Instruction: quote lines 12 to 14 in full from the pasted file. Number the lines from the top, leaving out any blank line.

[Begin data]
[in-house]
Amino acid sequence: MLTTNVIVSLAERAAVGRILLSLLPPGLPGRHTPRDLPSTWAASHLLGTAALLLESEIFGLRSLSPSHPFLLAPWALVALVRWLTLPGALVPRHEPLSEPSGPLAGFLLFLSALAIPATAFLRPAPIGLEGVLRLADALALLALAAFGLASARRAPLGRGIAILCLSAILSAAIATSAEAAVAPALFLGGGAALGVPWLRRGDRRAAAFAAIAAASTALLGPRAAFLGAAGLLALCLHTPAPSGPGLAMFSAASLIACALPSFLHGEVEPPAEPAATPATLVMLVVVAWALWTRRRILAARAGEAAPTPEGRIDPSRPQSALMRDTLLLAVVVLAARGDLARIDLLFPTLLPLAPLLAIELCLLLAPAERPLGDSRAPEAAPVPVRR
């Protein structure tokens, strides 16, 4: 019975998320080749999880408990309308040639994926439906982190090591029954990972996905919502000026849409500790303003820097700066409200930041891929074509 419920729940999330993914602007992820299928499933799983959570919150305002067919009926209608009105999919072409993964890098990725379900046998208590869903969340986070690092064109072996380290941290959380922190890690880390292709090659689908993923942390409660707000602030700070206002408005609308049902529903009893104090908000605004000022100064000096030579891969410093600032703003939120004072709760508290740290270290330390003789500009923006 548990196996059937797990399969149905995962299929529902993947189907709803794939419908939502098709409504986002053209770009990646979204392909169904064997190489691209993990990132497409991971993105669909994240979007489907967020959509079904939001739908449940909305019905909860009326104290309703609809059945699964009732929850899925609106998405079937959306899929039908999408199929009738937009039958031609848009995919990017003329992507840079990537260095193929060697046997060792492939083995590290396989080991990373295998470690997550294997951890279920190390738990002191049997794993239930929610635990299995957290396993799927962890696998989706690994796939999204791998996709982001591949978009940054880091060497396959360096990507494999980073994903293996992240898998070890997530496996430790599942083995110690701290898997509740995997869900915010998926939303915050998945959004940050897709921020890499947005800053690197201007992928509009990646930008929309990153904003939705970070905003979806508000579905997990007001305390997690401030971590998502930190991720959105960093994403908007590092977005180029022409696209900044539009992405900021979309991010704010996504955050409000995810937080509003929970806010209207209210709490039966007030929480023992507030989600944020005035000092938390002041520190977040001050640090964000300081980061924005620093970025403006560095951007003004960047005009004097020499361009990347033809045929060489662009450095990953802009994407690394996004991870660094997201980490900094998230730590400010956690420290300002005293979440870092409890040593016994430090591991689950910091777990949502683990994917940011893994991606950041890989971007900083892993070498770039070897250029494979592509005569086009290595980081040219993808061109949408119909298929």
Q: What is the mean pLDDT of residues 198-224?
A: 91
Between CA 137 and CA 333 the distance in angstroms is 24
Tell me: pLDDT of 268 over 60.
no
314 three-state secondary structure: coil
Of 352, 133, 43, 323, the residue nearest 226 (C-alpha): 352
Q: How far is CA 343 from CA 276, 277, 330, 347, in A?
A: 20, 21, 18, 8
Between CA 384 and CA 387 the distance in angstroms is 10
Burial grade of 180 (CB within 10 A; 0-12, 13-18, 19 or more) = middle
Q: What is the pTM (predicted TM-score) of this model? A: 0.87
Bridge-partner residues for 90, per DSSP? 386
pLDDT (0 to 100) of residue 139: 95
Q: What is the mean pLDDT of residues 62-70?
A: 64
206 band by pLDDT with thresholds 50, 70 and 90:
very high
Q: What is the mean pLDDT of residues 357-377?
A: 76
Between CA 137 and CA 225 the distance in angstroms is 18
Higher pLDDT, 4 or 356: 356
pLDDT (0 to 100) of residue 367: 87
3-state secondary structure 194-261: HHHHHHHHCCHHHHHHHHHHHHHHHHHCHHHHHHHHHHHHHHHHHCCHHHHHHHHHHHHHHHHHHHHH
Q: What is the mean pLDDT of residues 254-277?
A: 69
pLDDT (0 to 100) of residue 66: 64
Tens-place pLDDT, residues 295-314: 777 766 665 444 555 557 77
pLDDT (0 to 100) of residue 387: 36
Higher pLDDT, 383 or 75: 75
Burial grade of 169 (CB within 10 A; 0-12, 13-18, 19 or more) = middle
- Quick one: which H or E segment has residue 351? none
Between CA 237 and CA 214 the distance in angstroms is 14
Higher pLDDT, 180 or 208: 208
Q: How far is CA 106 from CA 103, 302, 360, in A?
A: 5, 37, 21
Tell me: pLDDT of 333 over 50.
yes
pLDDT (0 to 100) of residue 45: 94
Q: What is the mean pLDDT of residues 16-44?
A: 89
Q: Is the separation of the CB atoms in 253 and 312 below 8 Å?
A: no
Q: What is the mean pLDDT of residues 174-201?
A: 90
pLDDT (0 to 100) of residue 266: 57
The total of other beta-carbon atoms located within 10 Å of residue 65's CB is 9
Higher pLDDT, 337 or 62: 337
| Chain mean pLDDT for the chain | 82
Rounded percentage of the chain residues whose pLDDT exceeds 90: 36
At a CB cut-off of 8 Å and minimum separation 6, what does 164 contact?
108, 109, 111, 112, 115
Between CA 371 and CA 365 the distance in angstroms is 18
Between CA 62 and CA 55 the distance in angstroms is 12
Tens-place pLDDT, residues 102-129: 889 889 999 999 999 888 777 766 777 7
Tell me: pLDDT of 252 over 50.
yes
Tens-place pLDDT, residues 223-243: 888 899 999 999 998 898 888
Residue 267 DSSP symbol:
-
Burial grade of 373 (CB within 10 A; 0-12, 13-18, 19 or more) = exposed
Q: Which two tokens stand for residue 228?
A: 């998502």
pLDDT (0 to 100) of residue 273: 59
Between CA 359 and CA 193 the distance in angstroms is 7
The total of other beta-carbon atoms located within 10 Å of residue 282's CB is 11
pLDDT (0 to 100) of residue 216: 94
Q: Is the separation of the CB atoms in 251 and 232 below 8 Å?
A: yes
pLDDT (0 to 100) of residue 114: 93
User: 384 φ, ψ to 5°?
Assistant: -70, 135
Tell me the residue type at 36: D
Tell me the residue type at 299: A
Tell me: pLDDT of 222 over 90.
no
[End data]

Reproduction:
A: 20, 21, 18, 8
Between CA 384 and CA 387 the distance in angstroms is 10
Burial grade of 180 (CB within 10 A; 0-12, 13-18, 19 or more) = middle